Brain Power: Resistance Training and Cognitive Function

The recruitment status of this study is unknown because the information has not been verified recently.
Verified September 2011 by University of British Columbia.
Recruitment status was  Active, not recruiting
Sponsor:
Collaborator:
Michael Smith Foundation for Health Research
Information provided by (Responsible Party):
University of British Columbia
ClinicalTrials.gov Identifier:
NCT00426881
First received: January 23, 2007
Last updated: September 28, 2011
Last verified: September 2011

January 23, 2007
September 28, 2011
January 2007
June 2012   (final data collection date for primary outcome measure)
Cognitive Performance of Executive Function [ Time Frame: 12 months ] [ Designated as safety issue: No ]
Cognitive Performance of Executive Function
Complete list of historical versions of study NCT00426881 on ClinicalTrials.gov Archive Site
Functional MRI and physiological falls risk [ Time Frame: 12 months ] [ Designated as safety issue: No ]
Functional MRI and physiological falls risk
Not Provided
Not Provided
 
Brain Power: Resistance Training and Cognitive Function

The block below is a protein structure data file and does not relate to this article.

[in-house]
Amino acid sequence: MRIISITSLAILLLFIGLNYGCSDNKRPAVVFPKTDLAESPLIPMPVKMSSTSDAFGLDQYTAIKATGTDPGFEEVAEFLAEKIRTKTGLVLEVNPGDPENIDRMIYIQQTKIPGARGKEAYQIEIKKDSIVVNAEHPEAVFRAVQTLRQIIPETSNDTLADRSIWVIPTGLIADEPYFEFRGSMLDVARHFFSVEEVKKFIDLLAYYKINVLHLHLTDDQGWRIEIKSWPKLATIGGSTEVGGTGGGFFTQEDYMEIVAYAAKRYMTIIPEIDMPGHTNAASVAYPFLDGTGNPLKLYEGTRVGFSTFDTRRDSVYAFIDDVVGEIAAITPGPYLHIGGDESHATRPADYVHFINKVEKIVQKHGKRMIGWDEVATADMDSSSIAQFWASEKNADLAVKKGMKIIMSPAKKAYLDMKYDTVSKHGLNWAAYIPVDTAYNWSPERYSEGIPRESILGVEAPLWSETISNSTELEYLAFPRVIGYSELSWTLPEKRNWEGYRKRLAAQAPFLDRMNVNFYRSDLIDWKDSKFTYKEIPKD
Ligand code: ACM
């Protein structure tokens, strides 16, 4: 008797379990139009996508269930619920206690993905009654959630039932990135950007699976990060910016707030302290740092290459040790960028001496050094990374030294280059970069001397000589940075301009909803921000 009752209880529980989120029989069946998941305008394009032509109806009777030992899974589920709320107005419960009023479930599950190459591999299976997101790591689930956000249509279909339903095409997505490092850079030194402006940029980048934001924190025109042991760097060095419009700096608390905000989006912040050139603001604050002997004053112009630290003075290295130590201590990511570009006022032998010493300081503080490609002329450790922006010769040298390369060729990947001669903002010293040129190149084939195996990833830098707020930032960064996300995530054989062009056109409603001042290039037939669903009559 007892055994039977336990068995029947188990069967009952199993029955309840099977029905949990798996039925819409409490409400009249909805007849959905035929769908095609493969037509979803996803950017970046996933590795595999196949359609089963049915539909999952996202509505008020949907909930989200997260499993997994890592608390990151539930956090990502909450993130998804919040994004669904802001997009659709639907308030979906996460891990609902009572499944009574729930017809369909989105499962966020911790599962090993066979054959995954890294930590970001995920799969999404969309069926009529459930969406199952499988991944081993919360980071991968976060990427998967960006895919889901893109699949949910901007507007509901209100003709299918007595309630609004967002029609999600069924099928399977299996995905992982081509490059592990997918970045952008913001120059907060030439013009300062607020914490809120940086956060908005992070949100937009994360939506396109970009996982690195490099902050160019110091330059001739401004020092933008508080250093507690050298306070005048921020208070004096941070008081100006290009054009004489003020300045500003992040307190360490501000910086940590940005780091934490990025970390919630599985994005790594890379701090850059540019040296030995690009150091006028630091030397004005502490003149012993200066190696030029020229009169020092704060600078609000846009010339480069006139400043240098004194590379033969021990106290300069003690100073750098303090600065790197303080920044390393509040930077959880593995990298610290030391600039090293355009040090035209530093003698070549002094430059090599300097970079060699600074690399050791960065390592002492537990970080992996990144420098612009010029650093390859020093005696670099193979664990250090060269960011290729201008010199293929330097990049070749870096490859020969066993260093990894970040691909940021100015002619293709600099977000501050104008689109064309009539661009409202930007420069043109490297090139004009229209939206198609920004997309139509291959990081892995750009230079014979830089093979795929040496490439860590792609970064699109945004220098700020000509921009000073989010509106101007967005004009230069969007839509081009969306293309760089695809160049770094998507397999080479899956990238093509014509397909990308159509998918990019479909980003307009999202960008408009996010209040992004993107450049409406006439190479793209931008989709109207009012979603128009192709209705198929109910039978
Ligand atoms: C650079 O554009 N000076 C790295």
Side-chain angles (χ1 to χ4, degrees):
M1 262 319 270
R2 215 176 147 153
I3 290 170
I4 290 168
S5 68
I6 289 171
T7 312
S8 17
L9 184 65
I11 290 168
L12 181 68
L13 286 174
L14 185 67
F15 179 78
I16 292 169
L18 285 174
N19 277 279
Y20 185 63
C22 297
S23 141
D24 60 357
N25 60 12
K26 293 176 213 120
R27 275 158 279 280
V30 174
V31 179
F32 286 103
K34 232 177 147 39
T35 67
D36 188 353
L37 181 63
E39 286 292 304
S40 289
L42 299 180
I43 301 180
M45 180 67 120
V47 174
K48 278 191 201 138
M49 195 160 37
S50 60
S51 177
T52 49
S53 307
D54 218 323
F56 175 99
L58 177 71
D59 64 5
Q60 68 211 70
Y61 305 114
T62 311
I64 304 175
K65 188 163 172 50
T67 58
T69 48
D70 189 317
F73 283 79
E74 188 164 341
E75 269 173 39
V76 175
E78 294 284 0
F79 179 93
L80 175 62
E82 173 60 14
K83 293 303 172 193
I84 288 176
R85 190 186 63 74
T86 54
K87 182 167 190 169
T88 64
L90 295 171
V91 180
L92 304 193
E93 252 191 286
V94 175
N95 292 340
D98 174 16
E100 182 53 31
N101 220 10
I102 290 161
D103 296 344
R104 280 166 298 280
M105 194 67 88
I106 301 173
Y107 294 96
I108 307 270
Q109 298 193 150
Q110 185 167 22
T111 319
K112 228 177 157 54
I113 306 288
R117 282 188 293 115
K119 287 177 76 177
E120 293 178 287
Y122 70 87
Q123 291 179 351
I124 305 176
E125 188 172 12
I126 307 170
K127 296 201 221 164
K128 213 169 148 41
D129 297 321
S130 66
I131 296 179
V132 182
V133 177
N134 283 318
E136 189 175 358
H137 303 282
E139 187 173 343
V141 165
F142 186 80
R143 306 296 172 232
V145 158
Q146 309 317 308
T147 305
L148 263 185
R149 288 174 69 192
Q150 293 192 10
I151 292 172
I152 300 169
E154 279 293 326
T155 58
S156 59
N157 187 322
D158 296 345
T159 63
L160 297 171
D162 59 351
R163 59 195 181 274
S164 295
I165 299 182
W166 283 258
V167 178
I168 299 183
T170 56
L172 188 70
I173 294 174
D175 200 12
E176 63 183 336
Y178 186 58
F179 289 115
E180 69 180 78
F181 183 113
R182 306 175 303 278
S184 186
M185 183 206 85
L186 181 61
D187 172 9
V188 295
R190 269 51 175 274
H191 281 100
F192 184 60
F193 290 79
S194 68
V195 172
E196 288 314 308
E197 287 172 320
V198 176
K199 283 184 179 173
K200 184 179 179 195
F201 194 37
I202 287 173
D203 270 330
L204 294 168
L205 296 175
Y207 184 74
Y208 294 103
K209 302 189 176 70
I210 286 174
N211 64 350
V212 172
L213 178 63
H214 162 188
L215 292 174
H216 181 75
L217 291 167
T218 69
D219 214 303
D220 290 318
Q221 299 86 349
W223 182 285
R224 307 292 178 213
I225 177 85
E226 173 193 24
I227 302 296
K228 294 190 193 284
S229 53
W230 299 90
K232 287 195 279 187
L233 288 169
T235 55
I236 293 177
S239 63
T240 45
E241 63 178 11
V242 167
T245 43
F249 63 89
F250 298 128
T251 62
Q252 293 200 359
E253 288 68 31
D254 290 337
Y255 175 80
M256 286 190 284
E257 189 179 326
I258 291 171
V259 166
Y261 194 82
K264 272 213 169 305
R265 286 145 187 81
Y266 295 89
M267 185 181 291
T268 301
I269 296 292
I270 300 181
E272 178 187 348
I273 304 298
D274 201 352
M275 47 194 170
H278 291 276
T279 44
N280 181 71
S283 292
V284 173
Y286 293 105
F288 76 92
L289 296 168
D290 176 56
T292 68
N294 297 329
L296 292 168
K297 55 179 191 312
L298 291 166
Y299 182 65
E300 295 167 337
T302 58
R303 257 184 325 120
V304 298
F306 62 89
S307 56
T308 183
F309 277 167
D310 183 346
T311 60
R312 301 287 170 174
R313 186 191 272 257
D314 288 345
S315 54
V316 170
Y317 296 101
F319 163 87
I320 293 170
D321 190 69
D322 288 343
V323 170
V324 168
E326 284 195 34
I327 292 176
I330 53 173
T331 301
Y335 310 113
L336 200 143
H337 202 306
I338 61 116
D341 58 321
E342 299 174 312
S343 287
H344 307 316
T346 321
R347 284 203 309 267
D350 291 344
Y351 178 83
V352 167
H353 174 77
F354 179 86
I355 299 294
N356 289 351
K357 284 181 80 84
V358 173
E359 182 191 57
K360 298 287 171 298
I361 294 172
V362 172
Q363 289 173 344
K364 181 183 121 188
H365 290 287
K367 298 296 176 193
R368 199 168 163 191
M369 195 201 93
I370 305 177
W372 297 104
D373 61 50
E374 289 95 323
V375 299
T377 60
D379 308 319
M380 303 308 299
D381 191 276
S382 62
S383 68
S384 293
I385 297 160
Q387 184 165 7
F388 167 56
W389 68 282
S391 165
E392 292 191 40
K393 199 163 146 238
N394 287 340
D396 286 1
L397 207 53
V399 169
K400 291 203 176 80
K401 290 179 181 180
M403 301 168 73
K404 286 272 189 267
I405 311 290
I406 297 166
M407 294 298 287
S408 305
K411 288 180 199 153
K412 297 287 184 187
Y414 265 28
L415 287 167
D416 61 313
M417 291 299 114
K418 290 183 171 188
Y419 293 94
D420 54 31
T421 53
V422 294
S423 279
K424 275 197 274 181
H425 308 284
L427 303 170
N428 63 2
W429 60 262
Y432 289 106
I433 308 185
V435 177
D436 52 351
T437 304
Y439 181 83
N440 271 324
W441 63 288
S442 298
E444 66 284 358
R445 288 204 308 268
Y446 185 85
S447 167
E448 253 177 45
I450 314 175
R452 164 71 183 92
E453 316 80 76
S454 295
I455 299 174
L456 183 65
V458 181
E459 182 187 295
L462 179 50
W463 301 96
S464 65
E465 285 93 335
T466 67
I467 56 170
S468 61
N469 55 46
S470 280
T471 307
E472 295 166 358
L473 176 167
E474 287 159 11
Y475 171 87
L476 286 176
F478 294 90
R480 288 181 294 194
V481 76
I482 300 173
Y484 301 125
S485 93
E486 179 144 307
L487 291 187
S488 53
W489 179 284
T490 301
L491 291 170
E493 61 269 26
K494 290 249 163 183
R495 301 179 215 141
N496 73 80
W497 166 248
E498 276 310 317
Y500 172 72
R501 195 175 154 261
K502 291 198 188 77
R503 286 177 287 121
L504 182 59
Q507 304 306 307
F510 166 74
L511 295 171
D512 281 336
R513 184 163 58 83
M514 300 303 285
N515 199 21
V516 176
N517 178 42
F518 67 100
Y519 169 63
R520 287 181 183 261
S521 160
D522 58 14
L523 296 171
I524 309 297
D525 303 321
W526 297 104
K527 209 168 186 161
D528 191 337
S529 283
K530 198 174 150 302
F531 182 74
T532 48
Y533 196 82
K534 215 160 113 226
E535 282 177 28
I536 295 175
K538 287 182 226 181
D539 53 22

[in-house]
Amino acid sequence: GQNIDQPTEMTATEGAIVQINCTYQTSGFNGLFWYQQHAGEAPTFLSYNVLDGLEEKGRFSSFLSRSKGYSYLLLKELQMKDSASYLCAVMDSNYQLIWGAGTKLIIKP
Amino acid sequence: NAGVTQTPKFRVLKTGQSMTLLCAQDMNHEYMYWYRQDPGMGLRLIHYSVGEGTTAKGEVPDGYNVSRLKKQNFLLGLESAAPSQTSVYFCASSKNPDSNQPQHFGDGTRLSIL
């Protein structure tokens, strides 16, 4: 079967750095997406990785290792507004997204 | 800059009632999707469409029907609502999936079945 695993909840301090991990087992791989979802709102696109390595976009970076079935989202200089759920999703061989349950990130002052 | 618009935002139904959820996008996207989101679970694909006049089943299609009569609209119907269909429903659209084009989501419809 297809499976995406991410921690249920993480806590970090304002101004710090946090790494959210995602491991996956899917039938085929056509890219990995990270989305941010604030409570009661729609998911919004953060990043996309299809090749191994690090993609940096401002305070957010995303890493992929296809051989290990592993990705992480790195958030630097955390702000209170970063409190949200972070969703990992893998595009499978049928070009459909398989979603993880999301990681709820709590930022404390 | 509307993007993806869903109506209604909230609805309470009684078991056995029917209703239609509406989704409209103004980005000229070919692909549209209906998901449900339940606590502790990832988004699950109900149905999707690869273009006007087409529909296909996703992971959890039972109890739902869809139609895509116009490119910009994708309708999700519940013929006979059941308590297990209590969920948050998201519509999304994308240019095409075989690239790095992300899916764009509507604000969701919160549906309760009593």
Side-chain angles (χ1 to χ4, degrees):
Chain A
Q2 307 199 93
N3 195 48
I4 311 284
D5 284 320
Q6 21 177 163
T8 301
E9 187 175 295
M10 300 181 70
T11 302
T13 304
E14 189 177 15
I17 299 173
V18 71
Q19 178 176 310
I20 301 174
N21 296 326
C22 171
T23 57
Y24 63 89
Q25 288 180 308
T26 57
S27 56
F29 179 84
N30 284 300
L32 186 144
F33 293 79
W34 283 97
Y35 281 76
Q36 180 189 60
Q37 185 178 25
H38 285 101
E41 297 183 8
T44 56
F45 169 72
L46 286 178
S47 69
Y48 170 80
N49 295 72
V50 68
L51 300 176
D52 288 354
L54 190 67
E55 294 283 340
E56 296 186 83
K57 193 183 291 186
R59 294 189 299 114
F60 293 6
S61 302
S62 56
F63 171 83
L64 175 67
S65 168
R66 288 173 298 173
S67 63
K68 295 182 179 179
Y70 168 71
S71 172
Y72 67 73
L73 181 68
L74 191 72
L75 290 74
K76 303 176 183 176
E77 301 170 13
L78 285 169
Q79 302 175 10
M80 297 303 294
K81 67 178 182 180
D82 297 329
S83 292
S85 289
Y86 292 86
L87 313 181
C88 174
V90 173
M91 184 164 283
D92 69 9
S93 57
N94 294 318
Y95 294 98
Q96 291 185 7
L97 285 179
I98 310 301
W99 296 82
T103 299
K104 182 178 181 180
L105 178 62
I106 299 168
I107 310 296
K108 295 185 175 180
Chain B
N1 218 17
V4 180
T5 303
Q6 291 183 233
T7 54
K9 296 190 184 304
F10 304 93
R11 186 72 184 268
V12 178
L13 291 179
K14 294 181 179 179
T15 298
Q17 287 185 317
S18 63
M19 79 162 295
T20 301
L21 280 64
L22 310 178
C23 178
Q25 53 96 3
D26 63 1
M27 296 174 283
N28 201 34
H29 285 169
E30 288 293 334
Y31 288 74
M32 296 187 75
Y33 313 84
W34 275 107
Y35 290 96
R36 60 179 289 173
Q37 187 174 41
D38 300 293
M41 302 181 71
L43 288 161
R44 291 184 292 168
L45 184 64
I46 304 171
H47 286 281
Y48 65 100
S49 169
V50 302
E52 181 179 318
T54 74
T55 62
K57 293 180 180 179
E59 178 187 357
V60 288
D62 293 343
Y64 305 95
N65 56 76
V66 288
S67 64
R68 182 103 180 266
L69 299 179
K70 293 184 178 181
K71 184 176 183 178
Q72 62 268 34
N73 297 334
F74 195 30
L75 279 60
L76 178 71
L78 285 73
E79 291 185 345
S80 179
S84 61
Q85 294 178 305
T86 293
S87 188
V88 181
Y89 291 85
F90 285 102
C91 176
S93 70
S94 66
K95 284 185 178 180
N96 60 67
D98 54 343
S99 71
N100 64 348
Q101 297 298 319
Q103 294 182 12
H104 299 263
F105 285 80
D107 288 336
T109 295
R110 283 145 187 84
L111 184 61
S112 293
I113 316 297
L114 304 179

The Effect of Resistance Training on Cognitive Performance, Cortical Plasticity, and Fall Risk in Women Aged 65-75 Years Old: A 12-Month RCT

Primary Objectives:

1. To ascertain whether a 12-month, twice-weekly or once-weekly resistance training (RT) program will significantly improve executive function in community-dwelling women aged 65 to 75 years old compared with a 12-month, twice-weekly stretch and relax (S & R) program (shame exercise). We will assess executive function by standard neuropsychological tests.

Secondary Objectives:

  1. To describe the neural mechanisms that underpin the observed changes in executive function associated with a 12-month, twice-weekly or once-weekly RT training (by using functional magnetic resonance imaging (fMRI)).
  2. To investigate whether RT-induced changes in executive function are independently associated with changes in physiological fall risk profile.